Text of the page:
*When wandering in Ontario’s Highlands, please be aware of any local travel restrictions and guidelines. Vaccine passports accompanied by photo identification are currently required to enter some businesses.
You waken to the sound of new snow drifting onto the top of your tent or cabin, landing light as a feather one snowflake at a time. The world is hushed and the air snaps with cold but you are warm and cozy in your snowy cocoon. You wonder to yourself why you haven’t tried winter camping before, because it’s awesome.
Don’t be put off at the thought of cold weather – the best part of winter camping is it gives you an excuse to really amp up the coziness. We’re talking about hot chocolate with marshmallows cradled between woolly mitts while you sit beside a roaring fire.
We live in the best part of Ontario to experience this magical and vastly underrated camping experience. Explore the forest in winter and launch yourself into the frosty and magical world of winter camping in Ontario’s Highlands.
Where to Camp in Winter
This is one winter camping experience that you won’t find anywhere else! Guests of Cruising Canoes in North Frontenac can check into The Outpost and sleep in a cozy tent in the midst of winter’s snowy finery. These tents are made for winter camping, they’re actually Canadian Forces Arctic Bell hot tents, can accommodate up to four guests, and come with wood floors and the cutest little wood stoves so you can stay warm while camping, no matter the temperature outdoors.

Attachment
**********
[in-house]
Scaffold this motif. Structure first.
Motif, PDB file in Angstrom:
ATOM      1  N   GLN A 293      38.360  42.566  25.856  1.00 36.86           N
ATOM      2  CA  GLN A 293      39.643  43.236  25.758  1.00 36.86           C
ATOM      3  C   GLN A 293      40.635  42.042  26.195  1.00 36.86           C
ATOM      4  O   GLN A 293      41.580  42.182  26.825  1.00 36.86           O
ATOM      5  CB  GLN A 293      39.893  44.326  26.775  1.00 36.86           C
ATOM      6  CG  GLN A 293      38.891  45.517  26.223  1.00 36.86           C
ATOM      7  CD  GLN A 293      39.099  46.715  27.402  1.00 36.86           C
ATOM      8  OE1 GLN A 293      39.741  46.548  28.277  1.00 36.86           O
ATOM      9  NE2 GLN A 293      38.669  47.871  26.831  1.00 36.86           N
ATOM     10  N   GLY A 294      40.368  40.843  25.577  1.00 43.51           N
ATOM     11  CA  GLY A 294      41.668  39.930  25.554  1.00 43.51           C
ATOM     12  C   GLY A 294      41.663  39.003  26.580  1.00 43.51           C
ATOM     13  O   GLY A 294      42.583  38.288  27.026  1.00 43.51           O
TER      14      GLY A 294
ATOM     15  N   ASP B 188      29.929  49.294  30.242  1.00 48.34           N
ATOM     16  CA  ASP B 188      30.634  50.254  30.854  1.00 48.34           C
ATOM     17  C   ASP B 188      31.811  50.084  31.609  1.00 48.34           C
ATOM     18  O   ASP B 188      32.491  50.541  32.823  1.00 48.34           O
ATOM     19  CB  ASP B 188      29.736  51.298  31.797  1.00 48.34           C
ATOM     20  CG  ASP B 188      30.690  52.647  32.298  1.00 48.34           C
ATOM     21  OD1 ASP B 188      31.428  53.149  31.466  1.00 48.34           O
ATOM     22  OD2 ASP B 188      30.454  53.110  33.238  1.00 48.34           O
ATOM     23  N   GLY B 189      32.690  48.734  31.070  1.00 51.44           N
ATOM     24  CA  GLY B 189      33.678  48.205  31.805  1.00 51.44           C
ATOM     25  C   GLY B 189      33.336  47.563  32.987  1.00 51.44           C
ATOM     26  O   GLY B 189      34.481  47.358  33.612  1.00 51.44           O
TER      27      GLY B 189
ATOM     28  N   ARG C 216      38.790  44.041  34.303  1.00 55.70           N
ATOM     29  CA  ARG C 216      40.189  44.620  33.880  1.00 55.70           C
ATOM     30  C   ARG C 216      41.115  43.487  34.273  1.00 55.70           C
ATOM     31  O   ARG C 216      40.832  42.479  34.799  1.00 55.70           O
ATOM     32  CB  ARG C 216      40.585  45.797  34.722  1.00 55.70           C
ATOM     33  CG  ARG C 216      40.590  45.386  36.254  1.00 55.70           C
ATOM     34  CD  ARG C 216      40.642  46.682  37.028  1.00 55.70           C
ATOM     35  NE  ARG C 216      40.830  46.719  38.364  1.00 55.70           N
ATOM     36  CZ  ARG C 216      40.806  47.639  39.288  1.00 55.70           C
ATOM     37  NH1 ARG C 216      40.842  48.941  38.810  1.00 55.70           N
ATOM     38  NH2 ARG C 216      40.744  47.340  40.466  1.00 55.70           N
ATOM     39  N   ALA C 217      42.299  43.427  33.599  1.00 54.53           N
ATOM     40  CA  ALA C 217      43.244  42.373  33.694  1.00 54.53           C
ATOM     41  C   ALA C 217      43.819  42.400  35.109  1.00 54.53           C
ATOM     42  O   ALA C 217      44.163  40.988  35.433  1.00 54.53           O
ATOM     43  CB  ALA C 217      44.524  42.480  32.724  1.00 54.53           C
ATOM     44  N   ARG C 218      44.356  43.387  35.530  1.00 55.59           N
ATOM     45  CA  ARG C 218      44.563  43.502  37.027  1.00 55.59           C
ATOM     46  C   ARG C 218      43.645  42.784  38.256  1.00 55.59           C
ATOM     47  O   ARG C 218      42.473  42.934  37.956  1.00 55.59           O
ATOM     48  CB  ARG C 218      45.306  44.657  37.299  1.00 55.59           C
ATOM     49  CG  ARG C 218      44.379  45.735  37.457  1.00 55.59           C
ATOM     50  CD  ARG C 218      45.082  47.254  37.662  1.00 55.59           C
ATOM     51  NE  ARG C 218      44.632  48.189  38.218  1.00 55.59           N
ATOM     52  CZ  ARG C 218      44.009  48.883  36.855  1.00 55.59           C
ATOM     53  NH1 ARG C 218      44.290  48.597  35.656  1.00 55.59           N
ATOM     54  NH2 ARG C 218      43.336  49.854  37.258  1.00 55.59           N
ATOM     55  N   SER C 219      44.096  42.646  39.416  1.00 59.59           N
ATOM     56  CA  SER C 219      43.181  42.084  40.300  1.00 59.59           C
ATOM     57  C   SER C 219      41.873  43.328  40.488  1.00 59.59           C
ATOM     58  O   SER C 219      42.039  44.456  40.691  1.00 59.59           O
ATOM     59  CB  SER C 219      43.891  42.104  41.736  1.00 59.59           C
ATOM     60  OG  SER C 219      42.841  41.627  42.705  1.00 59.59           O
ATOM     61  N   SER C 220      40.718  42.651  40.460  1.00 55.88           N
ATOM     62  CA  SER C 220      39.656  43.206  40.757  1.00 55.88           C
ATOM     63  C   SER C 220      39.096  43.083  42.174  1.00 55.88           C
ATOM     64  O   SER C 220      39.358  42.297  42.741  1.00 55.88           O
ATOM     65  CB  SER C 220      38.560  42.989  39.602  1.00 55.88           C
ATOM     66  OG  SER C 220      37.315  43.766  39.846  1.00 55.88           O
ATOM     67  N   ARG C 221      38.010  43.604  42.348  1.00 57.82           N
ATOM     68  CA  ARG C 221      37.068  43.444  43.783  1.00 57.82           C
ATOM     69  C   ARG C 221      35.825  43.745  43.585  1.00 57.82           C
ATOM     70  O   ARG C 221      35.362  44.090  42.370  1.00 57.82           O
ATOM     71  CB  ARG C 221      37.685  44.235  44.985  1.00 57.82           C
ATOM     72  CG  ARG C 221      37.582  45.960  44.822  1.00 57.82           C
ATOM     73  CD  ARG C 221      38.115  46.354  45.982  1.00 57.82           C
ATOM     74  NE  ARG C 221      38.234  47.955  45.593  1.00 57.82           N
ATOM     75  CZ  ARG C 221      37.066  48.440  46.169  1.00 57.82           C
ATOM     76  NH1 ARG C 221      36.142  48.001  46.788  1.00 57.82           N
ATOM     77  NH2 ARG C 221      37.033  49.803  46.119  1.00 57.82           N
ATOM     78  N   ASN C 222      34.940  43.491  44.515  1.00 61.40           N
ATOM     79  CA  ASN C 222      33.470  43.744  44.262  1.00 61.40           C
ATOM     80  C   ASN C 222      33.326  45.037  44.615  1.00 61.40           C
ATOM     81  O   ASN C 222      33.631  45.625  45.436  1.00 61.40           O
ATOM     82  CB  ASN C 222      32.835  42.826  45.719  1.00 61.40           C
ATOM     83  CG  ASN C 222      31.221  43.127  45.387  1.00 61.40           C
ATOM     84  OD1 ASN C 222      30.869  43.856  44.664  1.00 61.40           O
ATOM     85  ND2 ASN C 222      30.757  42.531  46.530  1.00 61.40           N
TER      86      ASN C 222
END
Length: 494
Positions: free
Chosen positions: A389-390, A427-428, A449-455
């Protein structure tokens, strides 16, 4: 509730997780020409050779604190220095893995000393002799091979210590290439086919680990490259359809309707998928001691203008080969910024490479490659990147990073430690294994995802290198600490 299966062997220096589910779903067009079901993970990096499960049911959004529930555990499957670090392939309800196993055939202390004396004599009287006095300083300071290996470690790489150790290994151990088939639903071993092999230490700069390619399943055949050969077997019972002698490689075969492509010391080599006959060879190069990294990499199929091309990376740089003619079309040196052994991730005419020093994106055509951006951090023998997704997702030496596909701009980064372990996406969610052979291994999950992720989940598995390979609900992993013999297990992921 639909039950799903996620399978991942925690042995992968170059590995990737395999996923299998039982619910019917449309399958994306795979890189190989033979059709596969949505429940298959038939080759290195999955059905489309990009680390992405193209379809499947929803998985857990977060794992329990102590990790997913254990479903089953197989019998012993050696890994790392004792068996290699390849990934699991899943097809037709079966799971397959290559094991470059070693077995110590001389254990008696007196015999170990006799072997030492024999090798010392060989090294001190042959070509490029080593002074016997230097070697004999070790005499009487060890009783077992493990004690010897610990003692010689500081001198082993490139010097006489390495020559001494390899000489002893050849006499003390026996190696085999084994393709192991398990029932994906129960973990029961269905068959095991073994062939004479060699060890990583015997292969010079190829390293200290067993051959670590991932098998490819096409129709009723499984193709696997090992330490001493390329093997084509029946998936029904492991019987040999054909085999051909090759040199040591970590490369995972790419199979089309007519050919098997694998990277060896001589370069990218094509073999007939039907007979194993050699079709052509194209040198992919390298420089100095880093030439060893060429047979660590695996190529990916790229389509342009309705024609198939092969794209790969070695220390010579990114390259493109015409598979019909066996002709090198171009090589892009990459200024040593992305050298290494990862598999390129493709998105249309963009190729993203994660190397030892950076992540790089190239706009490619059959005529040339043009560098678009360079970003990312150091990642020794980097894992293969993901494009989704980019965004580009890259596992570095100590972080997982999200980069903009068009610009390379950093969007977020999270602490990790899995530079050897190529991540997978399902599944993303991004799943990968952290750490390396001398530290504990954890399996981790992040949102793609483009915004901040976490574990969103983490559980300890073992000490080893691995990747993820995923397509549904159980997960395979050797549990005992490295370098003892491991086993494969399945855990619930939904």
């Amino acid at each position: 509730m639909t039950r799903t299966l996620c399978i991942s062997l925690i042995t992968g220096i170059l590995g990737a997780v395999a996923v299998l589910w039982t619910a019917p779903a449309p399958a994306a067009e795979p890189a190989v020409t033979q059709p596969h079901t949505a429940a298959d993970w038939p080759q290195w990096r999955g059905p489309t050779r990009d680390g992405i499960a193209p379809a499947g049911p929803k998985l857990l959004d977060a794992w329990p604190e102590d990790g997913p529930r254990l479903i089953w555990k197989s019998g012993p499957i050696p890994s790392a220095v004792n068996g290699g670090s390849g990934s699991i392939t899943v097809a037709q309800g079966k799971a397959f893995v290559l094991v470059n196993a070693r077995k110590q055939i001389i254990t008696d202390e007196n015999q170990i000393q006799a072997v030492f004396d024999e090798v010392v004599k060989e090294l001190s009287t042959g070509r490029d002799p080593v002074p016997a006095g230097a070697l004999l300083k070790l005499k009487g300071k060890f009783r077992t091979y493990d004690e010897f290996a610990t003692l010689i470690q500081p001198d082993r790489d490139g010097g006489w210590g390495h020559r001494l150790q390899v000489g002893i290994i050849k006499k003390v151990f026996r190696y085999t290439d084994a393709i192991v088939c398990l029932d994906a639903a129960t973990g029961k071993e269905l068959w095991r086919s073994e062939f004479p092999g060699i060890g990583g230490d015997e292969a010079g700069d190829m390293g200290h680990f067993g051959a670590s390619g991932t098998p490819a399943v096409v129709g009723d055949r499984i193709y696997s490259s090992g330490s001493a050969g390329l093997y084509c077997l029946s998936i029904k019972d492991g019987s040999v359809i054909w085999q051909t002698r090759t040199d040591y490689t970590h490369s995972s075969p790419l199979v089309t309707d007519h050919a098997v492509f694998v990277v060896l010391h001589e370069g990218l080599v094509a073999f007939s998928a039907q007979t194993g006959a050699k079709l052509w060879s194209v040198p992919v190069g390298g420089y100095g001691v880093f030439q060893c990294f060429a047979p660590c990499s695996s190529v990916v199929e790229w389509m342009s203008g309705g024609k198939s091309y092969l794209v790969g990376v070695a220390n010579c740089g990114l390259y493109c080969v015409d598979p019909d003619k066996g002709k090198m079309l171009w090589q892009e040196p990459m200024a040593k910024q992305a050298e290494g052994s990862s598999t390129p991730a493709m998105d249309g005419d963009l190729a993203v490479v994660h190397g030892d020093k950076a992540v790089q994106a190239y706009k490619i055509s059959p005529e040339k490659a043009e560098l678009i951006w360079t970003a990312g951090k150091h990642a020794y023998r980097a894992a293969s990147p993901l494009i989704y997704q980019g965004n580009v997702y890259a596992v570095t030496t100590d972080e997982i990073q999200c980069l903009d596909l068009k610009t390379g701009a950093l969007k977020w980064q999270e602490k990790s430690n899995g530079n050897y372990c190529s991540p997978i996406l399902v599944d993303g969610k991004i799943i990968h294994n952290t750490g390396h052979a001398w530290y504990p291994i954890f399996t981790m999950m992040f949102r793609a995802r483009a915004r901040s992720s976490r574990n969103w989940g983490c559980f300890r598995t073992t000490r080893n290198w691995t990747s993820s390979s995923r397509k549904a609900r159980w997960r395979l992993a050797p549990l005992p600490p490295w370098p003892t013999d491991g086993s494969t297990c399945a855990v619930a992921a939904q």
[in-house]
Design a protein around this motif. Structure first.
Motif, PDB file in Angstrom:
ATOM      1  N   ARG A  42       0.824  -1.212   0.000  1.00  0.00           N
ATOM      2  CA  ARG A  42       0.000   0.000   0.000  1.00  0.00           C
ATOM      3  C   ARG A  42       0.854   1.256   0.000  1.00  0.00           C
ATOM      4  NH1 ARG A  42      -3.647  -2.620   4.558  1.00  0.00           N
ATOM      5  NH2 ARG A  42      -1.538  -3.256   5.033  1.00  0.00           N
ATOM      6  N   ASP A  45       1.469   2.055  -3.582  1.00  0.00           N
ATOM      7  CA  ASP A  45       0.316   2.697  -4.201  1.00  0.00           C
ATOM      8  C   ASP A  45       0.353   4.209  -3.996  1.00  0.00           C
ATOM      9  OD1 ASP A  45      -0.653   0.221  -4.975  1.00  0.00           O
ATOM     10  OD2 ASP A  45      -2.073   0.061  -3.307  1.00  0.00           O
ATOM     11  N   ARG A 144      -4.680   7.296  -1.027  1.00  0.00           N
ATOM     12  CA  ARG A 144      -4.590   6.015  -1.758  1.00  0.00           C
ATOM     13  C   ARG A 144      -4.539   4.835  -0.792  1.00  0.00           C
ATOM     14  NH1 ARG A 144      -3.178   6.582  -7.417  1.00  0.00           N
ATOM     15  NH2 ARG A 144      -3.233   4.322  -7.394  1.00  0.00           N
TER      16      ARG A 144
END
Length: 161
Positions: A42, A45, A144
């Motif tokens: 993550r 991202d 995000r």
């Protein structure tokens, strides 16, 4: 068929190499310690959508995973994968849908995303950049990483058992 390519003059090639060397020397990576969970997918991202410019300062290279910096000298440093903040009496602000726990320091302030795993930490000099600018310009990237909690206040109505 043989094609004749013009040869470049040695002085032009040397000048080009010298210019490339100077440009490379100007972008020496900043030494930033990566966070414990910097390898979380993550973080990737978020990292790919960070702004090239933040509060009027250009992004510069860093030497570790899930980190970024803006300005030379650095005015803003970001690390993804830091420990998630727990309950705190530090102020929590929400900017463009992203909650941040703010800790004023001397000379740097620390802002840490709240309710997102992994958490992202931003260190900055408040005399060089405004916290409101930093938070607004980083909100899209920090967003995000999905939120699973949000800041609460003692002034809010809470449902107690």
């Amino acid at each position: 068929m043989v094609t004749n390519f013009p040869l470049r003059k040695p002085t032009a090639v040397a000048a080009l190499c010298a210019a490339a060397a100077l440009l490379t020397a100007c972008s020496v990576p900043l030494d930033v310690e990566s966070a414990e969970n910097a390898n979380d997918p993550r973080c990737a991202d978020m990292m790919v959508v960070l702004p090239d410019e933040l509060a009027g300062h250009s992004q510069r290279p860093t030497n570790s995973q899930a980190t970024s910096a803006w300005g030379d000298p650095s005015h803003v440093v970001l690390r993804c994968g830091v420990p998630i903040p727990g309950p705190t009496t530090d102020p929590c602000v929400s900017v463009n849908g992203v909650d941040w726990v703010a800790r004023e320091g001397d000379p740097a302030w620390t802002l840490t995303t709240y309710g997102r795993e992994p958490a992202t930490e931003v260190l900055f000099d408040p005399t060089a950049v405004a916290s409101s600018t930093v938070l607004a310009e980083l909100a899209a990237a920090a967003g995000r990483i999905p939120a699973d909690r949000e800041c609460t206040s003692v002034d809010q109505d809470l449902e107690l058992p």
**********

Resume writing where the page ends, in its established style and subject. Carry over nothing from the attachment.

Open from Dec. 11, 2020 to March 28, 2021 for roofed accommodation rentals. The park has seven yurts and 10 sleep cabins available for rent and over 19-kilometres of hiking trails. Please note you need to book two days in a row for roofed accommodations. These spots are also in high demand, but don’t be discouraged if it appears to be booked up. Keep checking back on the website as cancellations open up availability.
Skip the park reservations and limited availability and take advantage of Ontario’s wealth of Crown land. Crown land is public land which means any Canadian can camp on it for free, anytime of the year, and it’s a fun experience if you want to challenge yourself in the great outdoors. There are no designated camping areas and you can only stay at a single location for 21 days (which would be an epic winter camping experience!) before you must move. Visit this link to find Crown land in your region in Ontario’s Highlands. Be sure to pack everything you need as there are no washrooms, showers, or picnic tables.
Available for backcountry camping year-round, HHWT is made up of more than 28,000 hectares of provincial and municipal lands. Choose between the Frost Centre Area which has a few road access campsites along Sherborne Lake Access Road. The Poker Lakes Area access points are accessible by four-wheel drive vehicles only. Reservations can be made through the website.
Learn to Camp
Don’t just head out into the unknown, be prepared with some advanced instruction from Yours Outdoors in Haliburton. Yours Outdoors offers two courses to introduce you to the beauty of winter camping so you can stay warm and have fun while outdoors. Choose from one of these two educational experiences: